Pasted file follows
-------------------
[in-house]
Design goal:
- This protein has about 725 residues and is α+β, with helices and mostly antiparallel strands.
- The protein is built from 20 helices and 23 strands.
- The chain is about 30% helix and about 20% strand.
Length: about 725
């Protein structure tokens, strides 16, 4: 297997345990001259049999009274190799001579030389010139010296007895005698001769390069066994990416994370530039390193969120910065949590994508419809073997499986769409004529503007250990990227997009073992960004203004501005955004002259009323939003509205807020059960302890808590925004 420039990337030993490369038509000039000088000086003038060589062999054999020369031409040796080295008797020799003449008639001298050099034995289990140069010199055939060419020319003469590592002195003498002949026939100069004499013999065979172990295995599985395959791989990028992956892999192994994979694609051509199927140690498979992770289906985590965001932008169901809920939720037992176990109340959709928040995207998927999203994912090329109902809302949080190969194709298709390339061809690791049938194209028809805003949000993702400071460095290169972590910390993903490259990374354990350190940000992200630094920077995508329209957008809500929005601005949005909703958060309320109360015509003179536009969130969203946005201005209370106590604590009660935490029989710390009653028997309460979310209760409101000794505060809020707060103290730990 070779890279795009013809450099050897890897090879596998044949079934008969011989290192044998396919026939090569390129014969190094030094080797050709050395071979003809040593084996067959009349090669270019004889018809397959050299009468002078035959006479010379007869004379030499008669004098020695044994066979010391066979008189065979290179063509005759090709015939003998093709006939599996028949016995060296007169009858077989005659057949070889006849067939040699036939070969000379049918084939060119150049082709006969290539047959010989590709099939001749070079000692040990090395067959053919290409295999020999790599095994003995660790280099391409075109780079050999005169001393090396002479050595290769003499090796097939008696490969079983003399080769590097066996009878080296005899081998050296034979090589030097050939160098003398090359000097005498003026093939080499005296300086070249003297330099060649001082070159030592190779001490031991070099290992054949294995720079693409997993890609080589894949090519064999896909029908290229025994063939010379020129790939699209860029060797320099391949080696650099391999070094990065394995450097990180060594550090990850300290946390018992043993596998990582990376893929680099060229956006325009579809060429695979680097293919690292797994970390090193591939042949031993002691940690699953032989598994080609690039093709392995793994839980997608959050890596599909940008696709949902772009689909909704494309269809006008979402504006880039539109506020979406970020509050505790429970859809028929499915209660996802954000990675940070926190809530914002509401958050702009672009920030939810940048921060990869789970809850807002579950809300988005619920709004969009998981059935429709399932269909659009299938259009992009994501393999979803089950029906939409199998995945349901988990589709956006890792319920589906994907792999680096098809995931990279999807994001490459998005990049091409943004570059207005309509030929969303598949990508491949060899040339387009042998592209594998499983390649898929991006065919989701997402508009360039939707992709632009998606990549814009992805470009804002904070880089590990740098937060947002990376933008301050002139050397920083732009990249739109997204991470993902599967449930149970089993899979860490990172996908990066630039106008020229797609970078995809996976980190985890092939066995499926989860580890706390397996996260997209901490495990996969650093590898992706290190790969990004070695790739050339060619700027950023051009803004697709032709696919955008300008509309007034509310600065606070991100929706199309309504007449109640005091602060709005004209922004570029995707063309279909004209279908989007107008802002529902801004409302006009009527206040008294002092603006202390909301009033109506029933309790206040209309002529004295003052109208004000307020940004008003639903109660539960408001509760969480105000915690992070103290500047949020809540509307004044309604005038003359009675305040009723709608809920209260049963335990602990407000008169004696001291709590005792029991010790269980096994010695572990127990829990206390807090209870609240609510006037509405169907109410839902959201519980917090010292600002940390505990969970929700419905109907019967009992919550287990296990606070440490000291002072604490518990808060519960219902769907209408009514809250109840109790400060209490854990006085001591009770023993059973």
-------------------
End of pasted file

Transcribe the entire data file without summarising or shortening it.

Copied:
[in-house]
Design goal:
- This protein has about 725 residues and is α+β, with helices and mostly antiparallel strands.
- The protein is built from 20 helices and 23 strands.
- The chain is about 30% helix and about 20% strand.
Length: about 725
């Protein structure tokens, strides 16, 4: 297997345990001259049999009274190799001579030389010139010296007895005698001769390069066994990416994370530039390193969120910065949590994508419809073997499986769409004529503007250990990227997009073992960004203004501005955004002259009323939003509205807020059960302890808590925004 420039990337030993490369038509000039000088000086003038060589062999054999020369031409040796080295008797020799003449008639001298050099034995289990140069010199055939060419020319003469590592002195003498002949026939100069004499013999065979172990295995599985395959791989990028992956892999192994994979694609051509199927140690498979992770289906985590965001932008169901809920939720037992176990109340959709928040995207998927999203994912090329109902809302949080190969194709298709390339061809690791049938194209028809805003949000993702400071460095290169972590910390993903490259990374354990350190940000992200630094920077995508329209957008809500929005601005949005909703958060309320109360015509003179536009969130969203946005201005209370106590604590009660935490029989710390009653028997309460979310209760409101000794505060809020707060103290730990 070779890279795009013809450099050897890897090879596998044949079934008969011989290192044998396919026939090569390129014969190094030094080797050709050395071979003809040593084996067959009349090669270019004889018809397959050299009468002078035959006479010379007869004379030499008669004098020695044994066979010391066979008189065979290179063509005759090709015939003998093709006939599996028949016995060296007169009858077989005659057949070889006849067939040699036939070969000379049918084939060119150049082709006969290539047959010989590709099939001749070079000692040990090395067959053919290409295999020999790599095994003995660790280099391409075109780079050999005169001393090396002479050595290769003499090796097939008696490969079983003399080769590097066996009878080296005899081998050296034979090589030097050939160098003398090359000097005498003026093939080499005296300086070249003297330099060649001082070159030592190779001490031991070099290992054949294995720079693409997993890609080589894949090519064999896909029908290229025994063939010379020129790939699209860029060797320099391949080696650099391999070094990065394995450097990180060594550090990850300290946390018992043993596998990582990376893929680099060229956006325009579809060429695979680097293919690292797994970390090193591939042949031993002691940690699953032989598994080609690039093709392995793994839980997608959050890596599909940008696709949902772009689909909704494309269809006008979402504006880039539109506020979406970020509050505790429970859809028929499915209660996802954000990675940070926190809530914002509401958050702009672009920030939810940048921060990869789970809850807002579950809300988005619920709004969009998981059935429709399932269909659009299938259009992009994501393999979803089950029906939409199998995945349901988990589709956006890792319920589906994907792999680096098809995931990279999807994001490459998005990049091409943004570059207005309509030929969303598949990508491949060899040339387009042998592209594998499983390649898929991006065919989701997402508009360039939707992709632009998606990549814009992805470009804002904070880089590990740098937060947002990376933008301050002139050397920083732009990249739109997204991470993902599967449930149970089993899979860490990172996908990066630039106008020229797609970078995809996976980190985890092939066995499926989860580890706390397996996260997209901490495990996969650093590898992706290190790969990004070695790739050339060619700027950023051009803004697709032709696919955008300008509309007034509310600065606070991100929706199309309504007449109640005091602060709005004209922004570029995707063309279909004209279908989007107008802002529902801004409302006009009527206040008294002092603006202390909301009033109506029933309790206040209309002529004295003052109208004000307020940004008003639903109660539960408001509760969480105000915690992070103290500047949020809540509307004044309604005038003359009675305040009723709608809920209260049963335990602990407000008169004696001291709590005792029991010790269980096994010695572990127990829990206390807090209870609240609510006037509405169907109410839902959201519980917090010292600002940390505990969970929700419905109907019967009992919550287990296990606070440490000291002072604490518990808060519960219902769907209408009514809250109840109790400060209490854990006085001591009770023993059973």